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The suspension of Nigeria’s most senior judge by President Muhammadu Buhari bankrupt global human rights standards regarding the independence of the judiciary and the separation of forces, a United Nations specialist has said.

“International human rights standards provide that judges may be disregarded only on serious grounds of misconduct or incompetence,” explained Diego Garcia-Sayan, the UN special rapporteur on the independence of judges and lawyers, on Monday.

“Any decision to suspend or remove a judge in the office should be reasonable and must be taken by an independent authority like a judicial council or a court,” he explained in an statement.

Buhari, who was a military ruler in the 1980s was voted into office in 2015, is hoping to acquire a new term in a presidential election scheduled to take place on Saturday.

The chief justice could preside over any dispute over the election outcome.

Nigeria‘s judiciary has assisted resolve electoral disputes in past votes, a few of which have been marred by violence and ballot rigging.

Garcia-Sayan, who’s mandated by the UN Human Rights Council to investigate judicial and legal independence, stated discounting judges without following legal procedures or supplying an opportunity to contest the decision was incompatible with the independence of the judiciary.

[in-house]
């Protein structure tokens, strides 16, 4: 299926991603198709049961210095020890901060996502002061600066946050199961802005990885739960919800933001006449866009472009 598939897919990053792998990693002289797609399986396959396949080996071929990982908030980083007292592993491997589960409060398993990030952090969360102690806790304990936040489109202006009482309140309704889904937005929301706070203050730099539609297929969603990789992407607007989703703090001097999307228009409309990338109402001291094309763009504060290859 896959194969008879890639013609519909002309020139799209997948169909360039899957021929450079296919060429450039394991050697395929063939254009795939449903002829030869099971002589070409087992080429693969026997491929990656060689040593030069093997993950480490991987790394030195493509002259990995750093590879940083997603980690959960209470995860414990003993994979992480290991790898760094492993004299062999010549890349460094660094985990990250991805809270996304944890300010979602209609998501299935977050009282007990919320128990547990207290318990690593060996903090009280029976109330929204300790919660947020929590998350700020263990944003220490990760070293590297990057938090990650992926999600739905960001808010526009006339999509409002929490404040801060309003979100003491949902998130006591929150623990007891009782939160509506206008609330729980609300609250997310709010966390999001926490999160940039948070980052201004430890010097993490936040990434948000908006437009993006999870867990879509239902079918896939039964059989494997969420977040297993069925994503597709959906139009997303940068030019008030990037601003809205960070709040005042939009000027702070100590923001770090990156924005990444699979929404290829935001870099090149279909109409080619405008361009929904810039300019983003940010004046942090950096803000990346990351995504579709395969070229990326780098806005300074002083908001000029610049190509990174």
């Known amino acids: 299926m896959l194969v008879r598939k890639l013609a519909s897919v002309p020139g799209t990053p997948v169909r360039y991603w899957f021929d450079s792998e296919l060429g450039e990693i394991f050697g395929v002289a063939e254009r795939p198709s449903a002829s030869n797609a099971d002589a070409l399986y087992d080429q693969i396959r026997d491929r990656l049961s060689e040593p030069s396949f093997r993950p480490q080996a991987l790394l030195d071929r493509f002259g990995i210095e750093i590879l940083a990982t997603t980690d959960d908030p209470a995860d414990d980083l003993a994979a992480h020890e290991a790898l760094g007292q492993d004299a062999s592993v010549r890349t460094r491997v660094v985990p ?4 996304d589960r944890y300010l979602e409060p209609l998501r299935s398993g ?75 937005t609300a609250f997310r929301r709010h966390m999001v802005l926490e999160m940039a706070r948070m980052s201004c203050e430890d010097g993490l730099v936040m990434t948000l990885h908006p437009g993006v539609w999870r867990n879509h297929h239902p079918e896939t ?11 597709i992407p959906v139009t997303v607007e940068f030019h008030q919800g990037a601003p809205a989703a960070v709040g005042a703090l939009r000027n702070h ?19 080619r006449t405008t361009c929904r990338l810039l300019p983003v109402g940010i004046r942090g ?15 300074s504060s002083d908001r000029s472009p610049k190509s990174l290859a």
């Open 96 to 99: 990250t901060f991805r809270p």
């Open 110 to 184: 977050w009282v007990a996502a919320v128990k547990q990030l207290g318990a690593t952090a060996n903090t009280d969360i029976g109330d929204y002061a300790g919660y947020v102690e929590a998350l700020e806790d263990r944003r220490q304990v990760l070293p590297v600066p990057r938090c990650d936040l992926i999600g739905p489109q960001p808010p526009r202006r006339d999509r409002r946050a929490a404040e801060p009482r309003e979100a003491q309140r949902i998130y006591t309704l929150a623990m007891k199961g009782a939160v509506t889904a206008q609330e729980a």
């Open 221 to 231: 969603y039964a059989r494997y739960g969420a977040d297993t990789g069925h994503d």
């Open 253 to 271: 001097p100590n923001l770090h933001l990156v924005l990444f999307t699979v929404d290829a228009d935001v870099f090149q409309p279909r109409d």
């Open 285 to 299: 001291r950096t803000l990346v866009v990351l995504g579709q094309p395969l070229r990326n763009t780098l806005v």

Buhari suspended Chief Justice Walter Onnoghen on January 25 following an order by a tribunal on public officials’ behavior and replaced him with Ibrahim Tanko Mohammad.

However four courts superior to the tribunal had already ordered a stay of proceedings as well as the tribunal had said that it lacked jurisdiction over cases involving juvenile officers, Garcia-Sayan said.

The UN announcement said a few of the judges along with the defence attorneys involved in Onnoghen’s case was subject to serious threats, pressures and interference.

‘Attempted coup’ 

The transfer prompted anger one of the country’s civil society groups and resistance.

Last month, the Nigerian Bar Association (NBA) decided to embark on a post-apocalyptic warning boycott of courts in Nigeria over Onnoghen’s suspension.

The NBA and local civil society institutions held protests in Abuja and southeast Enugu state to reject Onnoghen’s suspension, calling it an”attempted coup from the Nigerian judiciary”.

Critics say the suspension has been now an effort by Buhari to weaken Nigeria’s judiciary and pave the way for his election to a second term from the February 16 vote.

Amid heightened tensions ahead of the election, observers cautioned against election-related violence.

Oil-rich Nigeria fights with numerous safety challenges, for instance, decade-old Boko Haram rebellion and Buhari’s 2015 election was a rare peaceful transfer of energy. Diplomats have urged the top candidates to sign a peace assurance.

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